Hydrogen plasma-based reduction of iron ores

Iron- and steelmaking is the most staggering single source of CO2 emissions on the planet, accounting for ~7% of the global emissions. This fact challenges the current technologies to achieve carbon-lean steel production and reduce CO2 emissions by 80% until 2050. Among the sustainable alternatives for ironmaking, the hydrogen plasma reduction (HPR) is a promising route, as the associated by-product is water. In this process, a hydrogen plasma arc is ignited between an electrode and the ore in a conventional electrical arc furnace (EAF), Figure 1 (a). Thus, melting and reduction occur simultaneously, enabling the production of liquid iron in single step. The highly energetic hydrogen species existing in a reducing plasma also enable exothermic redox chemical reactions with enhanced kinetics, permitting energy savings.

The goals of this research project are to reveal the underlying mechanisms that drive the reduction of iron ores (e.g. hematite) via hydrogen plasma technology. Our studies focus on the reaction thermodynamics, kinetics, associated phase transformations, microstructural evolutions, and transport phenomena across several length and time scales, down to the atomistic and electronic mechanisms associated with these redox reactions. We are also particularly interested in understanding the physical and chemical interaction between hydrogen plasma arc and molten materials as well as the influence of chemistry partitioning between iron oxides and gangue-related tramp elements on the iron conversion rates.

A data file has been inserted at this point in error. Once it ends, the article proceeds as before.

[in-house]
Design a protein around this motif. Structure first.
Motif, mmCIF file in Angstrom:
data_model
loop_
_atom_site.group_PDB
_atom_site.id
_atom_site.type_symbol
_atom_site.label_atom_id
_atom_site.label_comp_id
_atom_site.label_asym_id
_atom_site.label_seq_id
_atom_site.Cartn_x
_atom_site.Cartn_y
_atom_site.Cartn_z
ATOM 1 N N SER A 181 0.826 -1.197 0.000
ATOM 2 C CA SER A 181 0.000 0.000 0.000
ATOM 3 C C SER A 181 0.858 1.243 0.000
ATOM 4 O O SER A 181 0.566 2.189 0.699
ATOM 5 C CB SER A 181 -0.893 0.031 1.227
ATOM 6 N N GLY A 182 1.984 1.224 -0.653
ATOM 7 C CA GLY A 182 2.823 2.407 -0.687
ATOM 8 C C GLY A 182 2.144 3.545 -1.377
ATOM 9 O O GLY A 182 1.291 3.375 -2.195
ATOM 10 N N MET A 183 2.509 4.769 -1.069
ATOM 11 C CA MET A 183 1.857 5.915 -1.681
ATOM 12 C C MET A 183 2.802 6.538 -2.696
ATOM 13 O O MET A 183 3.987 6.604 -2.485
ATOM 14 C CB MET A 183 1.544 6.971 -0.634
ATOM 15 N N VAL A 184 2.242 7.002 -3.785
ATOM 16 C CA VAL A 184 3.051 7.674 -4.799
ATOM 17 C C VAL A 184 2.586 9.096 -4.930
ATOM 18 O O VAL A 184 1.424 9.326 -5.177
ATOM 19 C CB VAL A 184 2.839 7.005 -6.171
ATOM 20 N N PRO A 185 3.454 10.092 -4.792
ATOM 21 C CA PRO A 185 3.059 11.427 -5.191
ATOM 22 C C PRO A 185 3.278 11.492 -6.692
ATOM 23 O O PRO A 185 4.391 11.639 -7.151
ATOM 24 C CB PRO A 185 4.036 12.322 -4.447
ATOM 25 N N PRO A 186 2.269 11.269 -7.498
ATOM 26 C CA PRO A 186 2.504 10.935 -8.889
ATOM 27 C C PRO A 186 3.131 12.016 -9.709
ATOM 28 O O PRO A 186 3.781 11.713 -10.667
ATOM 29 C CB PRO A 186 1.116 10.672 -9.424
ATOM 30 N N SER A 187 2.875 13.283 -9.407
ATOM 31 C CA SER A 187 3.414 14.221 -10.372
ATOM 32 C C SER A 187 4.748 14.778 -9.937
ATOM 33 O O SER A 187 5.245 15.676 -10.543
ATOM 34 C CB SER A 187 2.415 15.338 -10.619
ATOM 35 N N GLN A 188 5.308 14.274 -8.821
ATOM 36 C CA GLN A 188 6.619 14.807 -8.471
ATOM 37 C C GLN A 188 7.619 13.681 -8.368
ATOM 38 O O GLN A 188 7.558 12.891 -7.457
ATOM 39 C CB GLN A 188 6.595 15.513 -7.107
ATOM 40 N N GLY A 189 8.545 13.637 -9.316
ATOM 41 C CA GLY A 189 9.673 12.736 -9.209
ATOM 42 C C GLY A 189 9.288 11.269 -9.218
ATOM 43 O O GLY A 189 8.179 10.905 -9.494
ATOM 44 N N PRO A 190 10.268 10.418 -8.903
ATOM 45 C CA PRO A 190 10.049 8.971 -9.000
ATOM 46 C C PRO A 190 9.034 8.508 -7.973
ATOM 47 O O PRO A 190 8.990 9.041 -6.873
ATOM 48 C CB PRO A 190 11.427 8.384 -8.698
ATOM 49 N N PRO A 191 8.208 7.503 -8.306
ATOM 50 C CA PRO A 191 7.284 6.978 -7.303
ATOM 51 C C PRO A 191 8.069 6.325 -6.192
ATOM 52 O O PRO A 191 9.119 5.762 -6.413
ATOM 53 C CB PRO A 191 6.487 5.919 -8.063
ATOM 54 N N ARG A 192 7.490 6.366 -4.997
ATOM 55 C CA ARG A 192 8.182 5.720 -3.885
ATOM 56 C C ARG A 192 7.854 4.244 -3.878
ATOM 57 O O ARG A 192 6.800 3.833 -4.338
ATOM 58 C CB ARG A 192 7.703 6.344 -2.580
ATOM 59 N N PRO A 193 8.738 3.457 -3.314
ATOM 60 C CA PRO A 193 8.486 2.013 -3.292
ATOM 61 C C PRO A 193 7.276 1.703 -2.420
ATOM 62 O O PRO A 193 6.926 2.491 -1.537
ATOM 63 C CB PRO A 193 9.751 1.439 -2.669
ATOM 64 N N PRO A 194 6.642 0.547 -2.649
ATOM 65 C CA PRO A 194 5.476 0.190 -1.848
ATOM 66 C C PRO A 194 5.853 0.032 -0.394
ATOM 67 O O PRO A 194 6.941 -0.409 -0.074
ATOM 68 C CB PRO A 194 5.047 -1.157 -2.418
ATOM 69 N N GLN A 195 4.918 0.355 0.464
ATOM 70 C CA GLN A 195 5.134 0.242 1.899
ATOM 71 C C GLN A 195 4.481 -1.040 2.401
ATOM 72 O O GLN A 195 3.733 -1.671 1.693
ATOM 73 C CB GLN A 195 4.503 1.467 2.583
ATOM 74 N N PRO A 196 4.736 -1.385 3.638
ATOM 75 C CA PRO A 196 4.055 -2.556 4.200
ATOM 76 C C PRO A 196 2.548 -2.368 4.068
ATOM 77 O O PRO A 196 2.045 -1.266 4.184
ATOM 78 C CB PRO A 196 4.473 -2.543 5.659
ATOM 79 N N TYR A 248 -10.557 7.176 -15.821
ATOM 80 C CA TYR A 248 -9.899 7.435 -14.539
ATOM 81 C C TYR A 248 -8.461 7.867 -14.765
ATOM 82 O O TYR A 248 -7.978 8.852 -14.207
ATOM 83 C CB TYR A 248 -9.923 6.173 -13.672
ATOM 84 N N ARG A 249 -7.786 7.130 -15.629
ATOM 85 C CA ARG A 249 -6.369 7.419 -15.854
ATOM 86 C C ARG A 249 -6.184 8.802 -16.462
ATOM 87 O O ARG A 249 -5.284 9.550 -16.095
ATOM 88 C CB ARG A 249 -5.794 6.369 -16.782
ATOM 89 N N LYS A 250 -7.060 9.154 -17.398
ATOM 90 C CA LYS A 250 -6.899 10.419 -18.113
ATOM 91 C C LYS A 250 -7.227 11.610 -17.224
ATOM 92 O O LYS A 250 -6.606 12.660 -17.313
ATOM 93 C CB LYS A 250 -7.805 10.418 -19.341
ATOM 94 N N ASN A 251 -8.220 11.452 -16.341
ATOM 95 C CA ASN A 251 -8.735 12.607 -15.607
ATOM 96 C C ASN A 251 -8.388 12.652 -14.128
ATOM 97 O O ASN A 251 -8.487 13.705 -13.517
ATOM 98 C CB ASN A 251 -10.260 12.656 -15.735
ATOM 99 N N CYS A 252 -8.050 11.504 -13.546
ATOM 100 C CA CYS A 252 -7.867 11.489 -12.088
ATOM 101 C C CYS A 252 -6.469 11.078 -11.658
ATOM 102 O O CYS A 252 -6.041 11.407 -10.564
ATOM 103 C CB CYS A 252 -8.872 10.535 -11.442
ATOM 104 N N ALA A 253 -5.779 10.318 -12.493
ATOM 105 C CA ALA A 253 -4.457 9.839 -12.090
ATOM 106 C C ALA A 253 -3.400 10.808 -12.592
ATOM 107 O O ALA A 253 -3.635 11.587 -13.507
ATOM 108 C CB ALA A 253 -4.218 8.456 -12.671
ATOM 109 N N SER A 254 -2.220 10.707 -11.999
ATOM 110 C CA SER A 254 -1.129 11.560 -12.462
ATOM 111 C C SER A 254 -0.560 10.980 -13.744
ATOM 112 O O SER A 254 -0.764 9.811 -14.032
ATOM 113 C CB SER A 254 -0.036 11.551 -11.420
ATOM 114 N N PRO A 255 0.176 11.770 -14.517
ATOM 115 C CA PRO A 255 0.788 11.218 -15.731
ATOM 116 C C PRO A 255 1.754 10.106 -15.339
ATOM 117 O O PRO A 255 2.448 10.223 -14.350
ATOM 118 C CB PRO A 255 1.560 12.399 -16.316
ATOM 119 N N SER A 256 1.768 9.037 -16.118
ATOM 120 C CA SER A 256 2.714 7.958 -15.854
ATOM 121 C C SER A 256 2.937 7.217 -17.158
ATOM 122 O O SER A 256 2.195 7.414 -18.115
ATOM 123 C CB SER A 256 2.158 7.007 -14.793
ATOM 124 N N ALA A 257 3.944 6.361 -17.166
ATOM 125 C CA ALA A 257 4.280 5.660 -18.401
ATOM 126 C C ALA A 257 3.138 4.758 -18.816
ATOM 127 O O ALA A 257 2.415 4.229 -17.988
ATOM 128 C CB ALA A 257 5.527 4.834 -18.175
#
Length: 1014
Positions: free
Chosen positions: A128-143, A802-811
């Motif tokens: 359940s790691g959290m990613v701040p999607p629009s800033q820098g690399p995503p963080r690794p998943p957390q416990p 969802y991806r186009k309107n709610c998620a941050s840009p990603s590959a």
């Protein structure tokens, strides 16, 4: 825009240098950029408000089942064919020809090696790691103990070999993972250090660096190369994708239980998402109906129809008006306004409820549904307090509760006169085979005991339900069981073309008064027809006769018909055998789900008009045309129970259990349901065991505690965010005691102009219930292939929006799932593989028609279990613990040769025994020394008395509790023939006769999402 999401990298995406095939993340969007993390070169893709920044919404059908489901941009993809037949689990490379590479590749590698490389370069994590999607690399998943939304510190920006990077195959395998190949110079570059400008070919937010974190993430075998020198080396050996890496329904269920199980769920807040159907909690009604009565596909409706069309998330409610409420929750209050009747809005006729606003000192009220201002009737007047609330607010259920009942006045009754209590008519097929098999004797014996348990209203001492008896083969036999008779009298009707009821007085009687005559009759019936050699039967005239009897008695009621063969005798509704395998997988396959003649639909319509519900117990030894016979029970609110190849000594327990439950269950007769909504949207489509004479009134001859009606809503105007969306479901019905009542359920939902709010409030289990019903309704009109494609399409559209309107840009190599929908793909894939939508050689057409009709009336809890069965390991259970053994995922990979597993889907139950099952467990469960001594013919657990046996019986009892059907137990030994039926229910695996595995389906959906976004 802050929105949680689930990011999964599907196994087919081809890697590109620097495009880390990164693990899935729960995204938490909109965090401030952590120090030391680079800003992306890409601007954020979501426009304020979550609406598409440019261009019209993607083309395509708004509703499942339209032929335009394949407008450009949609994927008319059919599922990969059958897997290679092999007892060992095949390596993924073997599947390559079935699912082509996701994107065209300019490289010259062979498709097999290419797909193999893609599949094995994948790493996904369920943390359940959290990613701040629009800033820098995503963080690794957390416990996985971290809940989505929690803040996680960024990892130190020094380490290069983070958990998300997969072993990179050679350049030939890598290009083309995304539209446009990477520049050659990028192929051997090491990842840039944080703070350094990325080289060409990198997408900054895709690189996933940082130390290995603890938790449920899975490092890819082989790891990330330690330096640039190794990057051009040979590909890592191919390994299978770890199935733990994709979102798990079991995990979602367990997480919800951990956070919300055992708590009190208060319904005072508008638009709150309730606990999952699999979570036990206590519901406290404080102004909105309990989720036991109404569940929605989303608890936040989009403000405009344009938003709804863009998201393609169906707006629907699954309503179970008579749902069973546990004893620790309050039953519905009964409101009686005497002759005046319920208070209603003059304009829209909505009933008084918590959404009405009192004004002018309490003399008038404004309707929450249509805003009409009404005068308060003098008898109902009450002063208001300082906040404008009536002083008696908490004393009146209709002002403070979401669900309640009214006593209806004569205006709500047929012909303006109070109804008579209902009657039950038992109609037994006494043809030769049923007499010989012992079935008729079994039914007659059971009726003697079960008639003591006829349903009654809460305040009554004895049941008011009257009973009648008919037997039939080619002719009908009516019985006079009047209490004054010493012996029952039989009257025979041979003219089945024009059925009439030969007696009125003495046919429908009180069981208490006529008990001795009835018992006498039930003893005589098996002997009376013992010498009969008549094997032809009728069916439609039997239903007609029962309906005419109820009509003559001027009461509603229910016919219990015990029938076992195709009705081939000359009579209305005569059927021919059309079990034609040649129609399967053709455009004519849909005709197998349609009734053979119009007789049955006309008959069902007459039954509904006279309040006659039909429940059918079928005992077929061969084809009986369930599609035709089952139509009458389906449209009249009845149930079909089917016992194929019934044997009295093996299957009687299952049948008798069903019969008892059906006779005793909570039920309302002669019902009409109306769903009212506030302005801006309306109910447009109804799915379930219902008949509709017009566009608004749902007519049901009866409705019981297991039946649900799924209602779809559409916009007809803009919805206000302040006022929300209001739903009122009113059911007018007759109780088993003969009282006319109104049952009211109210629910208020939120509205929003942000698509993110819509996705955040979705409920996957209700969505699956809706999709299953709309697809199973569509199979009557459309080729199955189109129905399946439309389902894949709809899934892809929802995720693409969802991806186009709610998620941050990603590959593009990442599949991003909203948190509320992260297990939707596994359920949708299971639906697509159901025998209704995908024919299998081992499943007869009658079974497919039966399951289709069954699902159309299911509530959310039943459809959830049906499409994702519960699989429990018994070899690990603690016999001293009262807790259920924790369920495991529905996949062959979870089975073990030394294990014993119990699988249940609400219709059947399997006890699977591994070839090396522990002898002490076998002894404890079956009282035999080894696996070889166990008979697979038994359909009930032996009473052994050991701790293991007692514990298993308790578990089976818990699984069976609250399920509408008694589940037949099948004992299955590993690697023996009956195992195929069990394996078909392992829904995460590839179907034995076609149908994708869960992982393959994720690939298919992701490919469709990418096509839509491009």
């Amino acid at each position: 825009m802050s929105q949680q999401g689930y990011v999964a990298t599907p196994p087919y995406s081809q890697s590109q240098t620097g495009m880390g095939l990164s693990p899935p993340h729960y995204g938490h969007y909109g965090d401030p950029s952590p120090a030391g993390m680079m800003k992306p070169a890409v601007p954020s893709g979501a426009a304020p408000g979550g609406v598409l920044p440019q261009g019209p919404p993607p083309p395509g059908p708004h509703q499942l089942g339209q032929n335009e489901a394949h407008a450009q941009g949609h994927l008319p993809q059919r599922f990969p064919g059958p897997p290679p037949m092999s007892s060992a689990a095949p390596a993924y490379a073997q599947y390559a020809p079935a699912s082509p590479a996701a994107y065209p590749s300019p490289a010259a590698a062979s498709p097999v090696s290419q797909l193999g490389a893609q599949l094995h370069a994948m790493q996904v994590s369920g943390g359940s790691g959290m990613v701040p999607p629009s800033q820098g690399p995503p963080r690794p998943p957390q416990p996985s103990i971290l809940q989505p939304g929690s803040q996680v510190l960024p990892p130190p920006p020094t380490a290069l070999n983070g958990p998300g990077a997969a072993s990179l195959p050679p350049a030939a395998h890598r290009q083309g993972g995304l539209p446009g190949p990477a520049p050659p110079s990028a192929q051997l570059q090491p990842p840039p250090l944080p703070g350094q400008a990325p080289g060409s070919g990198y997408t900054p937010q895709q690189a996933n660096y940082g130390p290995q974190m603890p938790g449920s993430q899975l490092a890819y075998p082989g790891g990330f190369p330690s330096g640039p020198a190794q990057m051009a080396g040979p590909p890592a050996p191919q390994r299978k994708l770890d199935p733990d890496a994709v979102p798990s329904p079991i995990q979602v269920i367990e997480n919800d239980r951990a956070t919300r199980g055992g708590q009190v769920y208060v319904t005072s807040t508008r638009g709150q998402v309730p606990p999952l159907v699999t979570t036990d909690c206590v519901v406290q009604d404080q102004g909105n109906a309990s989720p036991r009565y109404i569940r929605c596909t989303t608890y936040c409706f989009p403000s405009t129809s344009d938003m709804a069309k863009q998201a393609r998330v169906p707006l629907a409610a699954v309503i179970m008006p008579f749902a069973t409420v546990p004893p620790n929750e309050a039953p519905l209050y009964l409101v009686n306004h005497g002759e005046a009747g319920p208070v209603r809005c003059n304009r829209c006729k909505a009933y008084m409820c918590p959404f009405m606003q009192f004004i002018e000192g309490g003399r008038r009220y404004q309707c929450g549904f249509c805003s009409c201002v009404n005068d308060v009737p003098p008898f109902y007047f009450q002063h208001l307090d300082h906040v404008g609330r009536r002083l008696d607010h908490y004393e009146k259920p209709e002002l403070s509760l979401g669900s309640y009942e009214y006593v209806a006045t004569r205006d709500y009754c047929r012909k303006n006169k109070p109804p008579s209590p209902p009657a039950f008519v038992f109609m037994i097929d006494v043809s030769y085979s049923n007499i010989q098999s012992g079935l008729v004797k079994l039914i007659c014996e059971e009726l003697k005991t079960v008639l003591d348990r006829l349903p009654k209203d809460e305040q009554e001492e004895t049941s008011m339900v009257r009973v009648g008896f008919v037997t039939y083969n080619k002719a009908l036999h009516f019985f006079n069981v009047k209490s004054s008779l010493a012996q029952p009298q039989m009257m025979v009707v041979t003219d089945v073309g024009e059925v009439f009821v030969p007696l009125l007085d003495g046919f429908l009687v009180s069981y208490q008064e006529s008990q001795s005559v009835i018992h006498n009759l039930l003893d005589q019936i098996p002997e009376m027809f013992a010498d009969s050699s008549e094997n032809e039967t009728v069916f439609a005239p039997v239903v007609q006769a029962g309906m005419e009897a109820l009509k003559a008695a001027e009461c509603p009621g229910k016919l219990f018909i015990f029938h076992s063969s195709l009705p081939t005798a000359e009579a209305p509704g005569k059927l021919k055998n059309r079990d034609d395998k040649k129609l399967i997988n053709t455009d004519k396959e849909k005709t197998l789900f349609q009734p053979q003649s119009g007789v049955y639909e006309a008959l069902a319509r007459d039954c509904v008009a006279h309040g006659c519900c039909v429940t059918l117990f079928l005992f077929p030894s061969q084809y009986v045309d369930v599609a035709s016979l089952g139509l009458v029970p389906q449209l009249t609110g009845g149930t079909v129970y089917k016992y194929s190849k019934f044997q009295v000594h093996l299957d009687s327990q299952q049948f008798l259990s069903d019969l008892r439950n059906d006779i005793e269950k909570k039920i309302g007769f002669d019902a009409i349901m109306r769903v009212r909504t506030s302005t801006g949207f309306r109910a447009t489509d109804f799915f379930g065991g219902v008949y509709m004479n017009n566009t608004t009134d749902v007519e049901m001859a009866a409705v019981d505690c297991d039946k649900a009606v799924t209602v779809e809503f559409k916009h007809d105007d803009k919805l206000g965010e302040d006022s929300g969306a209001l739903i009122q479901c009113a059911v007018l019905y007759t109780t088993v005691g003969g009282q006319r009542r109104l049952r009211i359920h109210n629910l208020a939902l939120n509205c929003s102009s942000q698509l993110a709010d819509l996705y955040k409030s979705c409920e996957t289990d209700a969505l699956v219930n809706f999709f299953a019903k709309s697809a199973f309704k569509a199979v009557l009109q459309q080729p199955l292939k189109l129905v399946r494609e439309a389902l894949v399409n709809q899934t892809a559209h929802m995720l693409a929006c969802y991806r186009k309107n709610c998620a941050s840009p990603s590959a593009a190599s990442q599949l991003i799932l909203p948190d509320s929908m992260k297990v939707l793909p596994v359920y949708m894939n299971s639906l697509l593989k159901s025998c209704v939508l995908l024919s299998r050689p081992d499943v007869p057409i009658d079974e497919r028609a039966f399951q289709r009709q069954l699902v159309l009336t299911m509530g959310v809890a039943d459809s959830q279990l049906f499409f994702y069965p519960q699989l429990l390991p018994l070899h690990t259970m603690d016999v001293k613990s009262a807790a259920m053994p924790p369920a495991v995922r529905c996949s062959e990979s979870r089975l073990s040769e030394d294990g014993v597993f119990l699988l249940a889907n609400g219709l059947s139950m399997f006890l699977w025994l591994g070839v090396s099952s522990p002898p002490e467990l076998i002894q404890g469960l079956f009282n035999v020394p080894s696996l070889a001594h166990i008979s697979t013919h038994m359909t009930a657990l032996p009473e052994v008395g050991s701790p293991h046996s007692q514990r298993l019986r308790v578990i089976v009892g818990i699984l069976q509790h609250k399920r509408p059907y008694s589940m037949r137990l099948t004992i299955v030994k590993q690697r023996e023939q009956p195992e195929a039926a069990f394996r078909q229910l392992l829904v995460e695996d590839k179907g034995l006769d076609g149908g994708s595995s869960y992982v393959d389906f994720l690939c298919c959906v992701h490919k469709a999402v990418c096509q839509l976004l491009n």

Our first findings show that the gangue elements (especially Si) are preferentially partitioned to the unreduced oxide domains at micro and nanoscale at intermediate reduction levels, Figures 1 (c) and (d) . However, these elements get evaporated from the material over the course of the reduction process due to their higher vapor pressure compared with that of iron. Iron nearly free of gangue elements, especially S and P, was obtained after 15 min of exposure to a lean hydrogen plasma (Ar-10% H2) in a conventional lab-scale arc melt furnace without the need for expensive and time-consuming secondary metallurgy operations for removing impurities.

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